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Exploring the Accuracy of Isotopic Analyses in Atom Probe Mass Spectrometry



Frederick Meisenkothen, Daniel V. Samarov, Irina Kalish, Eric B. Steel


Atom probe tomography (APT) can theoretically deliver accurate chemical and isotopic analyses at a high level of sensitivity, precision, and spatial resolution. However, empirical APT data often contain significant biases that lead to erroneous chemical concentration and isotopic abundance measurements. The present study explores the accuracy of quantitative isotopic analyses performed via atom probe mass spectrometry. A machine learning-based adaptive peak fitting algorithm was developed to provide a reproducible and mathematically defensible means to assign regions of interest in the mass spectrum to specific ion species. The isotopic abundance measurements made with the atom probe are compared directly with the known isotopic abundance values for each of the materials. Even in the presence of exceedingly high numbers of multi-hit detection events (up to 80%), and in absence of any deadtime corrections, isotopic abundance measurements were consistently measured with an accuracy better than 3% relative.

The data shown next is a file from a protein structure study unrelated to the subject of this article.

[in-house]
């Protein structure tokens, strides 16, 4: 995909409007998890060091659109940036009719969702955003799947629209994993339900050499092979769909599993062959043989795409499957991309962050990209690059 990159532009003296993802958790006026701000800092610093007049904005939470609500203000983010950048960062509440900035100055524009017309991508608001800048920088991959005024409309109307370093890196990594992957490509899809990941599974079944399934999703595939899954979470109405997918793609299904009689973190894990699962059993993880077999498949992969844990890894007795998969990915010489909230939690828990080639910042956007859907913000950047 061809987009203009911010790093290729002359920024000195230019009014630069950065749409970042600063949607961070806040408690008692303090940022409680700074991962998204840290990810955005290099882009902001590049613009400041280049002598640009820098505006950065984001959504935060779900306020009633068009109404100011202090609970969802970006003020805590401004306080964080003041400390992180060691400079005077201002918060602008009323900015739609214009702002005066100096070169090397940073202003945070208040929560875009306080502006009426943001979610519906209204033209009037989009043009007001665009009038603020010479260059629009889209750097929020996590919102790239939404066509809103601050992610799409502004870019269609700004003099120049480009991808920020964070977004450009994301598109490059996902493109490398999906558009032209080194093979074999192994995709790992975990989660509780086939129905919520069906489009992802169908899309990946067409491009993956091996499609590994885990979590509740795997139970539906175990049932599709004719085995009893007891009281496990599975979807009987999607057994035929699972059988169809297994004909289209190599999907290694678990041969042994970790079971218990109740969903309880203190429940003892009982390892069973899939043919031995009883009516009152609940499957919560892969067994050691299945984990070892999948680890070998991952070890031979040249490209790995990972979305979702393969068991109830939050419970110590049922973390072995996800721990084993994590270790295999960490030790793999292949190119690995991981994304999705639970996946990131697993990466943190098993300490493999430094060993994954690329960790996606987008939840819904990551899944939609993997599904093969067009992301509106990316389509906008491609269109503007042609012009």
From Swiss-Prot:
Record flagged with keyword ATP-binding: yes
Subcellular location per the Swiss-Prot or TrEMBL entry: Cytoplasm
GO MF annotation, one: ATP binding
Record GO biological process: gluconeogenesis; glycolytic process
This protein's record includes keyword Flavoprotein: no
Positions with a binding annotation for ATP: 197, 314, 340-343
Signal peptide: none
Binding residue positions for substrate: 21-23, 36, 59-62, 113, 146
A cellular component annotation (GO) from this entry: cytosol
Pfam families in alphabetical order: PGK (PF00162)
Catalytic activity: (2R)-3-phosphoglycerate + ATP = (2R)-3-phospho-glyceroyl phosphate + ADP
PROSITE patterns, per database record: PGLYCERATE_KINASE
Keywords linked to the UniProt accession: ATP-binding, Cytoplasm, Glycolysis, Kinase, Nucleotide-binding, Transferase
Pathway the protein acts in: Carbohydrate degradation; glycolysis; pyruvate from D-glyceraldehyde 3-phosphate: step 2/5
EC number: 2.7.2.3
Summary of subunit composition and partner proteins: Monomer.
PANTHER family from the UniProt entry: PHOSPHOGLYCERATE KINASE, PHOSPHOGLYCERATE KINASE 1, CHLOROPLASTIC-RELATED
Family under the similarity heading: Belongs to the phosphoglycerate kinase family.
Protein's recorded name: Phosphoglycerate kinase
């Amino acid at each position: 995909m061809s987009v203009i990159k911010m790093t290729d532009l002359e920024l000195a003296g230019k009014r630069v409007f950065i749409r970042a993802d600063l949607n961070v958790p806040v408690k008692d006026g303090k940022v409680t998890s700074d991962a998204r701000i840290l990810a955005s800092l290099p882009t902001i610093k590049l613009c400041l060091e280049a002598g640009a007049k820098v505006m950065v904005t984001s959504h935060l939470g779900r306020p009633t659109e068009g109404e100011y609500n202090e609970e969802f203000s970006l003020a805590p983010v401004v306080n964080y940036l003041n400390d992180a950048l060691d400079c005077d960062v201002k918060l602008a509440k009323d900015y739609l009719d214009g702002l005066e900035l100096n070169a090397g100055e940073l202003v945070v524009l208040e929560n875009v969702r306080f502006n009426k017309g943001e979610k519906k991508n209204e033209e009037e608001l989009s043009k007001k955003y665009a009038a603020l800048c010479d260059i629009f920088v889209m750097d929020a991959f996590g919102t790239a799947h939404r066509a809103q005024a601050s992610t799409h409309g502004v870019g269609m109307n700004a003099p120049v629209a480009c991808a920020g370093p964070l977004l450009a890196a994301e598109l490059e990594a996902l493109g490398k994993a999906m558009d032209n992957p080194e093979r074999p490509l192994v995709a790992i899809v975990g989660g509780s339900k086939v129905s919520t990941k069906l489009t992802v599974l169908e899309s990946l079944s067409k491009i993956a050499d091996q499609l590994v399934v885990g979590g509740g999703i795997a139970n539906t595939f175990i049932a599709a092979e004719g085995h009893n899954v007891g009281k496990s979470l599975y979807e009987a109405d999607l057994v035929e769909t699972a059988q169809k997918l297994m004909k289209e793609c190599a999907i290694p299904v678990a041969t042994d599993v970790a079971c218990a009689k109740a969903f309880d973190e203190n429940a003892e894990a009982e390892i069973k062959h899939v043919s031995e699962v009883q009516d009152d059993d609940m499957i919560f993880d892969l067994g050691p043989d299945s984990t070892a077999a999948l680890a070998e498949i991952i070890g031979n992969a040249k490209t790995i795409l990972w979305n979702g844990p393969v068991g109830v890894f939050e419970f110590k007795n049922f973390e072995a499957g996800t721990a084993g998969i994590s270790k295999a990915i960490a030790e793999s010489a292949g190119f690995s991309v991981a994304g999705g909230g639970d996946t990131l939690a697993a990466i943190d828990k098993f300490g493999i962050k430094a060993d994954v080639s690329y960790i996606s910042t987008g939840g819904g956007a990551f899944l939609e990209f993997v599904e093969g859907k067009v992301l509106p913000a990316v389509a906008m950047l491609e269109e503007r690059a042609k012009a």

atom probe, mass spectrometry, isotopic analysis, peak fitting, multi-hit detection events


Meisenkothen, F. , Samarov, D. , Kalish, I. and Steel, E. (2020), Exploring the Accuracy of Isotopic Analyses in Atom Probe Mass Spectrometry, Ultramicroscopy, [online], (Accessed May 26, 2024)


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Created May 21, 2020, Updated June 30, 2020